Does a Ticking Time Bomb Lurk Beneath Lake Powell?

Does a Ticking Time Bomb Lurk Beneath Lake Powell?

By Renee Morad

A view of low water levels at Lake Powell on March 28, 2015.
SourceJustin Sullivan/Getty


Because drought and overuse could expose toxic tailings.  

By Renee Morad

Each year, some 3 million visitors are drawn to Lake Powell, a massive artificial body of water that straddles the Utah-Arizona border. Below gleaming red-rock cliffs, the reservoir is busy with Jet Skis, motorboats and luxurious houseboats that resemble floating Winnebagos. Out of sight but a crucial part of this iconic picture are Westerners who rely on the lake for more than recreation.

On the surface, Lake Powell seems like a dream, but below its dark-blue waters lurks an ominous legacy:

An estimated 26,000 tons of radioactive waste are covered by the silt of Lake Powell, which is part of a system that provides drinking water for 40 million people in the Southwest.

Huge piles of mining tailings rose along the banks of the Colorado River during the West’s uranium boom of the 1940s and 1950s. The White Canyon mill, built by the Vanadium Corporation of America in 1949, for example, crushed and treated 20 tons of ore per day with sulfuric acid, tributyl phosphate and other compounds, according to a Freedom of Information Act request. With 1 ton of ore yielding 5 or 6 pounds of uranium, some 39,900 pounds of tailings accumulated daily on the banks of the river, according to Jonathan Thompson, author of River of Lost Souls. Though the mill closed in 1953 and Vanadium Corp. went out of business, the tailings remained. After water began accumulating behind the Glen Canyon Dam about a decade later, the reservoir’s waters inundated the tailings.

The drought from 2000 to 2005 dropped the water level nearly 100 feet — about a fifth of its total depth.

“For the people enjoying Lake Powell, they’re not exposed to anything that’s going to hurt them,” says Phil Goble, uranium mill and radioactive materials section manager for the Utah Department of Environmental Quality. “The uranium mill tailings produce a sandy waste that contains heavy metals and radium, which is radioactive, but these tailings have been down there since around the 1950s, with several feet of sediment placed over top of them and the water used as a moderator, or a shield.”


The Environmental Protection Agency says two public water systems draw water directly from Lake Powell: the Navajo Generating Station and the city of Page, Arizona. “All community water systems are required to monitor and meet established drinking water standards for a suite of radionuclides to include gross alpha, combined radium 226/228 and uranium,” says Nahal Mogharabi, spokesperson for the EPA Region 9 (Pacific Southwest). “The city of Page water system is serving drinking water that meets the drinking water standards for radionuclides.”

Shutterstock 516575902

Lake Powell looks beautiful up top but has radioactive waste below.

Source Shutterstock

Not everyone is so sanguine. “We have no reason to doubt that there is significant radioactive waste under Lake Powell,” says Sandy Bahr, chapter director for Sierra Club’s Grand Canyon (Arizona) Chapter. “What we have said repeatedly about the uranium mine and mills is that it is not worth the risk to our drinking water.” Goble spells out the risks if radioactive elements like uranium or radium get into the lining of a human’s lungs: anemia, fractured teeth, cataracts and cancer.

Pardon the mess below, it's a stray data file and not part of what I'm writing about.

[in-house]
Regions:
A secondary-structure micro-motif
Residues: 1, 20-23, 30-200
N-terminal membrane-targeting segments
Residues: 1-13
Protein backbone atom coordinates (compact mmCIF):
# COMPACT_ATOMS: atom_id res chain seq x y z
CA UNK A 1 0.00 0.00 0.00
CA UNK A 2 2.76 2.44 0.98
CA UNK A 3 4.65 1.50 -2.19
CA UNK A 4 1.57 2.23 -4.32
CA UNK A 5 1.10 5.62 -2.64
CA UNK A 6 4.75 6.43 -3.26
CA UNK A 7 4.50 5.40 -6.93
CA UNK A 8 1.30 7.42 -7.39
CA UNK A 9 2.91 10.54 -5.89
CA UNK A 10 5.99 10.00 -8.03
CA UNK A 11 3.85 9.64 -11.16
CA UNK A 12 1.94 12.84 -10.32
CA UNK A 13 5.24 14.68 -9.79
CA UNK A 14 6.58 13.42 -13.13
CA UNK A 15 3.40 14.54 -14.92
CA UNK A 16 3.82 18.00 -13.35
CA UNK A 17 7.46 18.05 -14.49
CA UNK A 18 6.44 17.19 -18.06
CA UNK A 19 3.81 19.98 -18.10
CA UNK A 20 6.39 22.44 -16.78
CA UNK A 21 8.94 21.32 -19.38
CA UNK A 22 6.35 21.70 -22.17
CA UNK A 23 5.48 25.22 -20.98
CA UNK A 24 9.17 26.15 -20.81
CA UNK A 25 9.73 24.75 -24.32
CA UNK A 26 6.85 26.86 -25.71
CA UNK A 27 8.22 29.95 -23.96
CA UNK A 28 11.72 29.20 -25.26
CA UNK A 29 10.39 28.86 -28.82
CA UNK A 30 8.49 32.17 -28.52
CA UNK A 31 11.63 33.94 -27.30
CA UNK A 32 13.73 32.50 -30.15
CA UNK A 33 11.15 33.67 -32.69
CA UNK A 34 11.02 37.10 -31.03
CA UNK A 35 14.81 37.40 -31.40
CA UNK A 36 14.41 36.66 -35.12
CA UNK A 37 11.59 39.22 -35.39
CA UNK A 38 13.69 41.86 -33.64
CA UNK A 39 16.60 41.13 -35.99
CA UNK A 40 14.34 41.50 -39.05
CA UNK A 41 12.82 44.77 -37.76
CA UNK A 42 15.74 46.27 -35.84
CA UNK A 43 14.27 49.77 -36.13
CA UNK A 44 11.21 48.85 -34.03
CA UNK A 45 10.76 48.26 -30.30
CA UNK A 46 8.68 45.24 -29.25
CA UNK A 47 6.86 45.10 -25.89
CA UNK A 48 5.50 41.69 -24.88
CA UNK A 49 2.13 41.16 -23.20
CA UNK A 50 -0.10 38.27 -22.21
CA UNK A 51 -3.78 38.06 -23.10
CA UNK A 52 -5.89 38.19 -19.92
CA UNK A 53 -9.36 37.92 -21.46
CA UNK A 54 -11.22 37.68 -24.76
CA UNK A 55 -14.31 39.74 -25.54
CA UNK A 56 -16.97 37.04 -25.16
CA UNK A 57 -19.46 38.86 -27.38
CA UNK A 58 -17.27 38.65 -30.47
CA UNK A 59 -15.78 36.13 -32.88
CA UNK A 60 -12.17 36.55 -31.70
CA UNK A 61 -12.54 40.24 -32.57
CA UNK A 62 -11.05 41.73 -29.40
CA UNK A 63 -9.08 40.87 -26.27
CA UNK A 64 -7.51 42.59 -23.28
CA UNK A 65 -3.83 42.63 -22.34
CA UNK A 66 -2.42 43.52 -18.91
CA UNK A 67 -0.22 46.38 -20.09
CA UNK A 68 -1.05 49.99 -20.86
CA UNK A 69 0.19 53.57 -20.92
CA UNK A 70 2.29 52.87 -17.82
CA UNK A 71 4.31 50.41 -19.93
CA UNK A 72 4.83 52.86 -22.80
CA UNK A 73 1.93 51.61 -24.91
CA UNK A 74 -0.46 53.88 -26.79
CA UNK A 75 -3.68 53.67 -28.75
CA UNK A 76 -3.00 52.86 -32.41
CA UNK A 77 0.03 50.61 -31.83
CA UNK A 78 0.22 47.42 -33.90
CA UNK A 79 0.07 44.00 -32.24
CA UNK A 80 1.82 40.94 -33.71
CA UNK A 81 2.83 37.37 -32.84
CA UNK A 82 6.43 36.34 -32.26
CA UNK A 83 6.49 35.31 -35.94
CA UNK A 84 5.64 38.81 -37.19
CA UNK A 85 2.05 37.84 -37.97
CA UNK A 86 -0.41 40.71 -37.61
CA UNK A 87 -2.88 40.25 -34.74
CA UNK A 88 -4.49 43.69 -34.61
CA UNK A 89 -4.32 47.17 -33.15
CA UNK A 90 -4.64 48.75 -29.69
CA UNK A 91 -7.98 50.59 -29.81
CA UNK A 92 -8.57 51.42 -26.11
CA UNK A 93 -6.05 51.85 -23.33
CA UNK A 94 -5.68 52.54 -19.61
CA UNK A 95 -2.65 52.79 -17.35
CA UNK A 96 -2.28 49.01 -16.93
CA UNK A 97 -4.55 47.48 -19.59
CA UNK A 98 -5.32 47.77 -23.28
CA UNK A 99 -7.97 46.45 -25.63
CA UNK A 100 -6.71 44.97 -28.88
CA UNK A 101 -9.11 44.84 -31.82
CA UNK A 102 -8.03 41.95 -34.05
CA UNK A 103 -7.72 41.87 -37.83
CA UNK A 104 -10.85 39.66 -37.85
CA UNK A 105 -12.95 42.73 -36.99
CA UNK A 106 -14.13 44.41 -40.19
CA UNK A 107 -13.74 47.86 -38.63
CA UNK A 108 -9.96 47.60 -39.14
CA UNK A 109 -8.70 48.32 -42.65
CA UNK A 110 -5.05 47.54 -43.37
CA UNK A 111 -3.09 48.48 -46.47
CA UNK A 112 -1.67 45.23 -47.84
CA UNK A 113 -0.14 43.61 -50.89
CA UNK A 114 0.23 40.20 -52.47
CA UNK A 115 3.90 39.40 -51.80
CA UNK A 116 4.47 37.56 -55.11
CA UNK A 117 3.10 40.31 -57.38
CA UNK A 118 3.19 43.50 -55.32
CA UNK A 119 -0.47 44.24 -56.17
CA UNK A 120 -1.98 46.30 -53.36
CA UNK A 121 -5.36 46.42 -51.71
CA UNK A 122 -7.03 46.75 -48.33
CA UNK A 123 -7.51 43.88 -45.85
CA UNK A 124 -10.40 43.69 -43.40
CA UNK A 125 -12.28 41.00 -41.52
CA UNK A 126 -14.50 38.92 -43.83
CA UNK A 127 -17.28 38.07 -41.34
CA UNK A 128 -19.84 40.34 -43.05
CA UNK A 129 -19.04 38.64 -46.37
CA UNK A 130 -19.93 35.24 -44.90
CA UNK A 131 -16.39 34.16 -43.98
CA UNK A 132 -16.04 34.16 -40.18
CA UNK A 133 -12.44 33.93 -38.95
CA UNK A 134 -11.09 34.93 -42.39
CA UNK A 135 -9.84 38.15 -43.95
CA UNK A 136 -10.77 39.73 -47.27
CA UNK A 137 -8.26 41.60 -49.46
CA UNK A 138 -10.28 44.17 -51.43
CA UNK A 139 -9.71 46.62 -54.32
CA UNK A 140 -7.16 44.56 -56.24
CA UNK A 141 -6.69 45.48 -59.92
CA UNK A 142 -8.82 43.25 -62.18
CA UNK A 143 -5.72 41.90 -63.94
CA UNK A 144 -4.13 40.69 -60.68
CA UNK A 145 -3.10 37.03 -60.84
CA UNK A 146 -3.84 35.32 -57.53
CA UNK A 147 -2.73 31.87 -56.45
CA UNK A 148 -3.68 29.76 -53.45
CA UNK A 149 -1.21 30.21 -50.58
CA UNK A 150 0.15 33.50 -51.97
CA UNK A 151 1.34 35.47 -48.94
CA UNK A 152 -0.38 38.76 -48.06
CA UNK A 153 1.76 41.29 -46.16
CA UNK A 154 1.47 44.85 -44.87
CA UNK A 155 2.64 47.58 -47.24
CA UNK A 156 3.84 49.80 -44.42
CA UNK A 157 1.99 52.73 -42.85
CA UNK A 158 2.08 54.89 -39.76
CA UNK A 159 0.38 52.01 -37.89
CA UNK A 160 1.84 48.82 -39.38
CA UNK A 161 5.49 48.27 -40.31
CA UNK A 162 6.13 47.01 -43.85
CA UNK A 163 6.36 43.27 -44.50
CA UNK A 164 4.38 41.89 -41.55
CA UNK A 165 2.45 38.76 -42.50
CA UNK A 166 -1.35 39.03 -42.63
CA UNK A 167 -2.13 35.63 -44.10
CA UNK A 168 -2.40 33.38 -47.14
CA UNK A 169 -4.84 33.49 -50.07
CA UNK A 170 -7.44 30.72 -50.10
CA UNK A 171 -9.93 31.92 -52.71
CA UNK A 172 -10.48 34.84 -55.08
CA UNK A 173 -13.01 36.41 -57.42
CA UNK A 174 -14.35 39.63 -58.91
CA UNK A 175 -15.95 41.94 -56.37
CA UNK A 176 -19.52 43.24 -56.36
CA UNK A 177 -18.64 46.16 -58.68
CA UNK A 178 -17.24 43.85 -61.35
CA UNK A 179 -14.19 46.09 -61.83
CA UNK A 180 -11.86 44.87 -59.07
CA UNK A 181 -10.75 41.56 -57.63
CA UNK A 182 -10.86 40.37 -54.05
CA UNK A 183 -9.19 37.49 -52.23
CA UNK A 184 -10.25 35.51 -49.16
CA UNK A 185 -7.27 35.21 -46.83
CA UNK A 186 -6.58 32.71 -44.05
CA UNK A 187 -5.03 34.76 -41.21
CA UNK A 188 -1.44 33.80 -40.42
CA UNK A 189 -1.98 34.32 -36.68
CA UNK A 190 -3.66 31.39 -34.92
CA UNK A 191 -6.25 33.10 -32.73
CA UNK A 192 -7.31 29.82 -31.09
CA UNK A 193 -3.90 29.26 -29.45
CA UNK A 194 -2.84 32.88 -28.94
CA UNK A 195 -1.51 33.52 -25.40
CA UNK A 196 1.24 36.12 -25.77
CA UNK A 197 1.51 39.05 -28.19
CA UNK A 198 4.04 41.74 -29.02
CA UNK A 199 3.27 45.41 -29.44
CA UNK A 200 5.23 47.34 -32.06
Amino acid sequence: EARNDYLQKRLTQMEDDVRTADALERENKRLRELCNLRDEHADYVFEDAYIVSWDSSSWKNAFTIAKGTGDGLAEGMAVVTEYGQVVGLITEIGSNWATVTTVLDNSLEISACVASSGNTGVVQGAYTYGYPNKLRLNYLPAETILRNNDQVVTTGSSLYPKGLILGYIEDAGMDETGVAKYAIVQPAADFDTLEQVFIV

And it’s not just a power plant and a small Arizona city that could be affected. Jim Pokrandt, director of community affairs for the Colorado River District, says Powell is like a “savings account” whereby the four upper basin states — Colorado, Wyoming, Utah and New Mexico — can meet their annual water supply obligations under the Colorado River Compact of 1922 to the lower basin states and to Mexico. “In a sense, Powell serves all 40 million people by protecting upper basin uses, which occur before water gets to Powell, and then supplying resources to the lower basin, which stores water in Lake Mead to meet lower basin needs.”

While the situation is currently under control, there are scenarios that could upend the status quo. “The tailings could potentially become a problem if Lake Powell gets to a very, very low water level or if the lake is drained, and the tailings are exposed,” Goble says. “In this case, if someone were to dig down and expose those tailings, or the wind blows them, or people use the spot for recreational use of off-road vehicles, then there could be a health hazard.”

Bruce Rittmann, a regents’ professor in the School of Sustainable Engineering and the Built Environment at Arizona State University, agrees that the tailings currently pose no risk to people or aquatic life in the lake, but that could change if something disrupts the tailings, such as the draining of the lake or a dredging operation that stirs up sediment.

Draining the lake may sound ludicrous, but the reservoir hasn’t been full since the late 1990s, and ongoing overuse and the drought from 2000 to 2005 dropped the water level nearly 100 feet — about a fifth of its total depth. Some scientists predict that climate change will intensify and prolong the West’s drought cycles. If that happens and Powell becomes a red-rock canyon once again, then an old mess may finally have to be cleaned up.